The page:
Earlier in the day I was actually at digital.forest, in my old office (now strangely and sadly empty) building a new server. It is a nice little dual-processor, 1U (but not unnaturally long!) server. Soon I’ll be moving this website, and all my other scattered web properties (www.goolsbee.org, etc.goolsbee.org, mac-mgrs.org, etc etc) onto this machine. I have stuff scattered all over both d.f shared servers, and a few of my own, very old, and very crufty servers (including a 1998-vintage 233MHz G3, which serves most of the images on this site!) The point being to consolidate and make my personal webstuff more portable. Less impact on d.f, and easy to relocate should I need to do so.
Before Bill’s send-off I spent a bit of time installing an operating system (BSD) on the hardware. In a lot of ways this new server will keep me connected with Bill, as he’s moving his web stuff onto this new server as well. I trust him with root more than I trust myself.
After 3 PM I ran back downtown, and had a meeting/interview with the CTO of a company that is interested in me. Yes, a job interview on a Sunday. More news on that should it develop.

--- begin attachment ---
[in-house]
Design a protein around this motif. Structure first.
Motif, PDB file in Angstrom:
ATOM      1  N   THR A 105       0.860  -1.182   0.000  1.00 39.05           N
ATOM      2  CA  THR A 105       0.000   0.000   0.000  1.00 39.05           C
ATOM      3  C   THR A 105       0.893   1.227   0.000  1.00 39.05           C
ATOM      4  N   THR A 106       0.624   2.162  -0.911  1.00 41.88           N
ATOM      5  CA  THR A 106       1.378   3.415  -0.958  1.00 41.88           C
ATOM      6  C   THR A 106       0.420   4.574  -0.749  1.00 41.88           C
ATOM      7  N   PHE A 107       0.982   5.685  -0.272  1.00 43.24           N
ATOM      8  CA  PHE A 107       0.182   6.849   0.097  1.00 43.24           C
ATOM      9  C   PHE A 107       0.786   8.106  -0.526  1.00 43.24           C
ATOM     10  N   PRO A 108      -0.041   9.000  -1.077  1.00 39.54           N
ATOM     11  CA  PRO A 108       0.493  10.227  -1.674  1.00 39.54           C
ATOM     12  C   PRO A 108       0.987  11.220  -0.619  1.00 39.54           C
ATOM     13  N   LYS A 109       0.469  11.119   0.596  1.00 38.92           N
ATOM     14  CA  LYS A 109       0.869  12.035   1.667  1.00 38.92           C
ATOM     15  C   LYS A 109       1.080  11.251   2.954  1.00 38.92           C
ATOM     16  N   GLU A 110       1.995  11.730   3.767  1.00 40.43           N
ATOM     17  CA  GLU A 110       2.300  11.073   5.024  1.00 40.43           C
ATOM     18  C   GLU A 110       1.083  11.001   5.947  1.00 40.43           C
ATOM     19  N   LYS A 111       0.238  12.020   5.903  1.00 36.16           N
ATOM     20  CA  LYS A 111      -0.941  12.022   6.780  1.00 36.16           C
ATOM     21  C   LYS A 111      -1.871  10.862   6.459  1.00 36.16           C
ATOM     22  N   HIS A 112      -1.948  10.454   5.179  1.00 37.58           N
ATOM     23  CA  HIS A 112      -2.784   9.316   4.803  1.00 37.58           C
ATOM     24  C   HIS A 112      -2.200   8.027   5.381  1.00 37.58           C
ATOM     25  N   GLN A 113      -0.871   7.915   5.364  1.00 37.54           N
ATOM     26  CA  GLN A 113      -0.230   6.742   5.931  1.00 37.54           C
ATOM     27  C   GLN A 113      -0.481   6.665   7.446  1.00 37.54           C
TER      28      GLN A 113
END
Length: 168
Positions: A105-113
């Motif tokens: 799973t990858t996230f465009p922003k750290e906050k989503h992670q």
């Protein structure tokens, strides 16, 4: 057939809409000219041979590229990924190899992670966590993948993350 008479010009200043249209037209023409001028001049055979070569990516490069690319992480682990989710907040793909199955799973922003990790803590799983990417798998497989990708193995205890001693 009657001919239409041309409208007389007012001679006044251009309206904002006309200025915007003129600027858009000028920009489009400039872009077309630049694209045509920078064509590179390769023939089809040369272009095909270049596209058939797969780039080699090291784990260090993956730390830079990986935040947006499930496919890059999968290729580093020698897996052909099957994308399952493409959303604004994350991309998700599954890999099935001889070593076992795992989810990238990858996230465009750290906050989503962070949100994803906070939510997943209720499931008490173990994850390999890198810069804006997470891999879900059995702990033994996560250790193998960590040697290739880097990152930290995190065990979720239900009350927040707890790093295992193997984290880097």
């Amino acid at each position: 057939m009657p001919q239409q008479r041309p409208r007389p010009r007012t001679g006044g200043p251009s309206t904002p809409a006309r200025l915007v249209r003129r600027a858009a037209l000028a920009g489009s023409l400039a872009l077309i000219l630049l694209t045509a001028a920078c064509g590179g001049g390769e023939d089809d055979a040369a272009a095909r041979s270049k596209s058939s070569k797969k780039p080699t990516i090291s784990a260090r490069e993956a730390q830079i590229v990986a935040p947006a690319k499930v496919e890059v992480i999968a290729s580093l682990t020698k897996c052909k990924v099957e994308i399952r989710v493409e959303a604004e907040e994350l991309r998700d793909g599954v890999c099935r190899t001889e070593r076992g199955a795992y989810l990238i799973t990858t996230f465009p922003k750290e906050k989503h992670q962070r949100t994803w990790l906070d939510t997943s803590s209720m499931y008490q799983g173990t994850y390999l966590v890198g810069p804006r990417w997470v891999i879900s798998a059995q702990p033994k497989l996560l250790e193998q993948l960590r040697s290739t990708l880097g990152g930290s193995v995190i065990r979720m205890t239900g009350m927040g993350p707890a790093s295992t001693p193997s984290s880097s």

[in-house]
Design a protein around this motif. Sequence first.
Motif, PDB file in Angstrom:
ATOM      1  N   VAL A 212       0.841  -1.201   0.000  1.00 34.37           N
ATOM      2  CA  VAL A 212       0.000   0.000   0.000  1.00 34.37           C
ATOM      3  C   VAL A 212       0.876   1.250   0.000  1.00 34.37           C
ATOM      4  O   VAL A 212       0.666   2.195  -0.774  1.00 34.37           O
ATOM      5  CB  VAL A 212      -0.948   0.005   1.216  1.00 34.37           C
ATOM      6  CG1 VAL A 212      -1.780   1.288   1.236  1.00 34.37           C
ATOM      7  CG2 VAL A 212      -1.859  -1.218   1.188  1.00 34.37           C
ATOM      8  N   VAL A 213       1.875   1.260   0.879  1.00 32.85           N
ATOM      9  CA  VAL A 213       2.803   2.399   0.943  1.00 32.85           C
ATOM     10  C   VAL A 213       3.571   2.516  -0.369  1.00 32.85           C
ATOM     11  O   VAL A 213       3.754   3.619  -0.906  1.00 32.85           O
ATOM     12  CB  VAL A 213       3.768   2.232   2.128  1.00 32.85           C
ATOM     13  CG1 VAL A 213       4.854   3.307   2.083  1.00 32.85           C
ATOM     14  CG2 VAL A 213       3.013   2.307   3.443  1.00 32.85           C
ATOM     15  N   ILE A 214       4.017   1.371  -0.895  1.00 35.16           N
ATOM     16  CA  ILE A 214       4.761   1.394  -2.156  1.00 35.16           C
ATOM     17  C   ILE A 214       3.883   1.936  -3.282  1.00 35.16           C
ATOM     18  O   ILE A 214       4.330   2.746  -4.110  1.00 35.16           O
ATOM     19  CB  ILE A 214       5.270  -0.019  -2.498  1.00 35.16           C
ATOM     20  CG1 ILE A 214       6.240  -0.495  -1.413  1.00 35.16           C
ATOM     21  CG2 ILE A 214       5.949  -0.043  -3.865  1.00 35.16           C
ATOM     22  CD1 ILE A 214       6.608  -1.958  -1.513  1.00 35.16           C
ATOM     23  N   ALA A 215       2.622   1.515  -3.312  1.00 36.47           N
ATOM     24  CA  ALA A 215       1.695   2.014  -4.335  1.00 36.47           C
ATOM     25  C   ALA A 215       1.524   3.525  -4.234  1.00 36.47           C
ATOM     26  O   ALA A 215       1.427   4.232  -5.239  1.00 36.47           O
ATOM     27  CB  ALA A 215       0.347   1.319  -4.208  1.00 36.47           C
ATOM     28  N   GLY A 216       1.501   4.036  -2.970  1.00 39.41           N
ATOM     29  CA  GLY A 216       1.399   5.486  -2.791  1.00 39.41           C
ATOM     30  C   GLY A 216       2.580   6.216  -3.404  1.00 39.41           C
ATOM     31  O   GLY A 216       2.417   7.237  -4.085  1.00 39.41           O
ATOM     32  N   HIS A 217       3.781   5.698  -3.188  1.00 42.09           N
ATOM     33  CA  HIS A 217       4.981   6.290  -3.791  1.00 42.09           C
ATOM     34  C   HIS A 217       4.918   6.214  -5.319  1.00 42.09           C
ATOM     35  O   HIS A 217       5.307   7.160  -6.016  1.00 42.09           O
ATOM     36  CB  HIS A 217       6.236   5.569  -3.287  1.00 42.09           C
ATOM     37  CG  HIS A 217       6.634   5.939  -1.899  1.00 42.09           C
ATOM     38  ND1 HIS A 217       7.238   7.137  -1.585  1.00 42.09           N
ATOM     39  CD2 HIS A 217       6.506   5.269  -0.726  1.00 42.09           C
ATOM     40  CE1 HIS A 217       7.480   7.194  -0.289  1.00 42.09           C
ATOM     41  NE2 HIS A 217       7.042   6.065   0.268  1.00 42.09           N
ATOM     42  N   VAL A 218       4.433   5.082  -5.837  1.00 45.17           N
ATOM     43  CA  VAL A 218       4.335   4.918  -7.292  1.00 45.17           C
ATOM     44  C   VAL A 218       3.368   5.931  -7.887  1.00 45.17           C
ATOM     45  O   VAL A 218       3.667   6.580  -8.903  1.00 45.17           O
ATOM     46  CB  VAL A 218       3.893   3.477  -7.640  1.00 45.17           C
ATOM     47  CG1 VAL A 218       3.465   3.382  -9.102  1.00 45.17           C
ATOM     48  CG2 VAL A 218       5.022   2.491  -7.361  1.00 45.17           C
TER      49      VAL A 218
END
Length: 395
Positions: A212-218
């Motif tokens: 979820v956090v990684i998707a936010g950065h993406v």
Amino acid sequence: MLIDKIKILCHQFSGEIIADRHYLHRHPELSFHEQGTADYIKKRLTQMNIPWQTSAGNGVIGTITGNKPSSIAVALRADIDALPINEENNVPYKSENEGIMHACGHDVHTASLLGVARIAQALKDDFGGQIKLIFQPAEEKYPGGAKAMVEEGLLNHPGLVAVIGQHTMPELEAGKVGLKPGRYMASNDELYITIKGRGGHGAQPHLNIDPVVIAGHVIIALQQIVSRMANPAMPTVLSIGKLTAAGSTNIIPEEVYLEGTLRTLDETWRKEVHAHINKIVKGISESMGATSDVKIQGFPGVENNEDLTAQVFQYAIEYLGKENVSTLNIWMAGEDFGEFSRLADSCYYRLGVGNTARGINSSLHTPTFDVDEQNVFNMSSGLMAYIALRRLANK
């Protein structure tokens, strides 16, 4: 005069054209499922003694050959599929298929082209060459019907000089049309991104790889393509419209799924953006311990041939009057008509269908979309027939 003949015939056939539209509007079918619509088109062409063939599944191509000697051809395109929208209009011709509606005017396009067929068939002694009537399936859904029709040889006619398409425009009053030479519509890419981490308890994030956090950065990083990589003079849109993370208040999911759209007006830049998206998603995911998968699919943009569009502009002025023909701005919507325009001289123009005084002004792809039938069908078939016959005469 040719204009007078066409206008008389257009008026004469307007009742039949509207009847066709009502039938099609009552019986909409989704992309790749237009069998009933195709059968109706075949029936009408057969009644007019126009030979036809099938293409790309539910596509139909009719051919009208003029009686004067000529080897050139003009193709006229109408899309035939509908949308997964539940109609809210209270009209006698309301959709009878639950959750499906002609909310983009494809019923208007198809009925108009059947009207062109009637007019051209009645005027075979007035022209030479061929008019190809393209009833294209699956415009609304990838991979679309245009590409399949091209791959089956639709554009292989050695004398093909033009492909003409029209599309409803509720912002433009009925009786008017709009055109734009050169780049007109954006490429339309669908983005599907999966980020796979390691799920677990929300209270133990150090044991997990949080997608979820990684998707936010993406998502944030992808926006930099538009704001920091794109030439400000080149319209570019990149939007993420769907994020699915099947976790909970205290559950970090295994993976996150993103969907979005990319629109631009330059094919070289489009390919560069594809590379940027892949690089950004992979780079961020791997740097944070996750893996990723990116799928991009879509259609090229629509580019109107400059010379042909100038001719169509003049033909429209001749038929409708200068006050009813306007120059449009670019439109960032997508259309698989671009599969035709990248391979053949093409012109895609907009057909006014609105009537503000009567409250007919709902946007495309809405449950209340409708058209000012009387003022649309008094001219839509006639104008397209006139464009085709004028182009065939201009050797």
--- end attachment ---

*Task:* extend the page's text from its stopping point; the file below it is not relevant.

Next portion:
Here’s a weekend fun one for you. Two cars are a giveaway, but the main subject is a tad esoteric. MarkC is disqualified as he was my co-driver on this event.
Photo taken at Whitefish Lake, Montana.
I’m cooking up a batch of BioDiesel today. Filled up the processor last night and and turned it on to heat up. Obviously my thermostat is off calibration as it is supposed to stop at around 55°C. Easy fix.
For the past year I’ve been doing a two stage process, with an 80% load of the catalyst going in first, followed by an overnight settle, then a re-heat and the remaining 20% going into the mixture. This seems to get better conversion rates, though slightly lower yields – which even to my pea-brain understanding of Chemistry seems to be logical. Since I started doing this two-stage process I have yet to have a batch go bad in the wash process. Nothing worse than watching 100+ liters of fuel turn into a vat of pancake batter, or soap!
The downside is that it takes twice as long to do the processing as you have two overnight settling times. I’m happy to see 2—5% lower yields since I’m getting better fuel in the end. Warmer temperatures are coming soon, which means I can run the cars on more home-brew and less pump fuel. The old TDI gets switched to B100 as soon as ambients hit the 60s (F), but Sue’s CRD tops out at around B80. I just haven’t worked up the courage to commit her car to 100% home-brew.
This winter it thankfully never stayed too cold here so I was able to keep at least 20% BD in the tanks of both cars, which keeps the fuel systems clean and avoids filter clogging that inevitably haunts us if any car has reverted to 100% #2 Diesel. That stuff coming out of the pump just coats the tank with crud without some good veggie solvent to keep it clean.